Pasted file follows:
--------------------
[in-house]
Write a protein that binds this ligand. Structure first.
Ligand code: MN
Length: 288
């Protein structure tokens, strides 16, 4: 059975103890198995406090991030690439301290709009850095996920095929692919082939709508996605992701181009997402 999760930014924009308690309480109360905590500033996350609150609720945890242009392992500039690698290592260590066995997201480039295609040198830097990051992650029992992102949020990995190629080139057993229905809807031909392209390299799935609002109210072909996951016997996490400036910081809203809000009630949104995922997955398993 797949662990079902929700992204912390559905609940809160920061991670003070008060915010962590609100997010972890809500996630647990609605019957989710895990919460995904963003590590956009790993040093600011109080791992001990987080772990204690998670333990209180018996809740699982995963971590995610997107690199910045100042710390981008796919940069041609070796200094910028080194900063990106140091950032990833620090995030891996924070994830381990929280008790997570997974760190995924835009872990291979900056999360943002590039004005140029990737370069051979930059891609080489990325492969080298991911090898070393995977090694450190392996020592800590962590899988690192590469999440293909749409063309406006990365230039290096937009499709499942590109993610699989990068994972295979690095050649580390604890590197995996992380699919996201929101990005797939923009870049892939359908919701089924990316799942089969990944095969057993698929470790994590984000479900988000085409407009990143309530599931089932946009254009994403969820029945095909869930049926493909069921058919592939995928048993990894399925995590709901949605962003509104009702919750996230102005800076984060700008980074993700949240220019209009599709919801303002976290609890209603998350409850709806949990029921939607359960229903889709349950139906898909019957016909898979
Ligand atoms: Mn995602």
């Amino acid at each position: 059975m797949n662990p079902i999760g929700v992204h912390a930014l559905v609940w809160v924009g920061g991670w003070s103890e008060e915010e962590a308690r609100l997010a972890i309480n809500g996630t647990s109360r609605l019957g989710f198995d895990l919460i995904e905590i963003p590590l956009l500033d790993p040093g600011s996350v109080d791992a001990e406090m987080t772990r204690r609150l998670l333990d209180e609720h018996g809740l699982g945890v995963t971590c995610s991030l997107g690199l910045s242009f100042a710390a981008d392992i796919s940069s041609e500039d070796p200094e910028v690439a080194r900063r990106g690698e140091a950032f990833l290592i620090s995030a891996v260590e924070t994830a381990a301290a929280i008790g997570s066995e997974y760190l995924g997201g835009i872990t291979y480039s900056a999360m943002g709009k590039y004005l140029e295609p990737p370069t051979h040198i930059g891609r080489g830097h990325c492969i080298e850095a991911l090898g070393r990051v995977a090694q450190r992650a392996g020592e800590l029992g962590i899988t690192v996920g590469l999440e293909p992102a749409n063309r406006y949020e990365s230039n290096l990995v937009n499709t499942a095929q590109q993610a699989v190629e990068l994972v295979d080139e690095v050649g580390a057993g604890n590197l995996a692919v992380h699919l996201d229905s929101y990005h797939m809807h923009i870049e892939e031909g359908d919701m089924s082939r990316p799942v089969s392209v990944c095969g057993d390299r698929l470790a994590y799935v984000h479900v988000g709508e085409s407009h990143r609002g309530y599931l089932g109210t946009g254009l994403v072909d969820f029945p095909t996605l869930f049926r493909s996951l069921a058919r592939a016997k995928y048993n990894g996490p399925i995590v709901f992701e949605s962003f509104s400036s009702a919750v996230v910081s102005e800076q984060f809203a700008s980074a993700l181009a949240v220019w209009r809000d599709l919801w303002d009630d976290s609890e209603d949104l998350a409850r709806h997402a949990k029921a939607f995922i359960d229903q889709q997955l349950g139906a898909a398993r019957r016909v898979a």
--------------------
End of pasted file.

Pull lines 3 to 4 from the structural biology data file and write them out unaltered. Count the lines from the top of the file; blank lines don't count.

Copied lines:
Ligand code: MN
Length: 288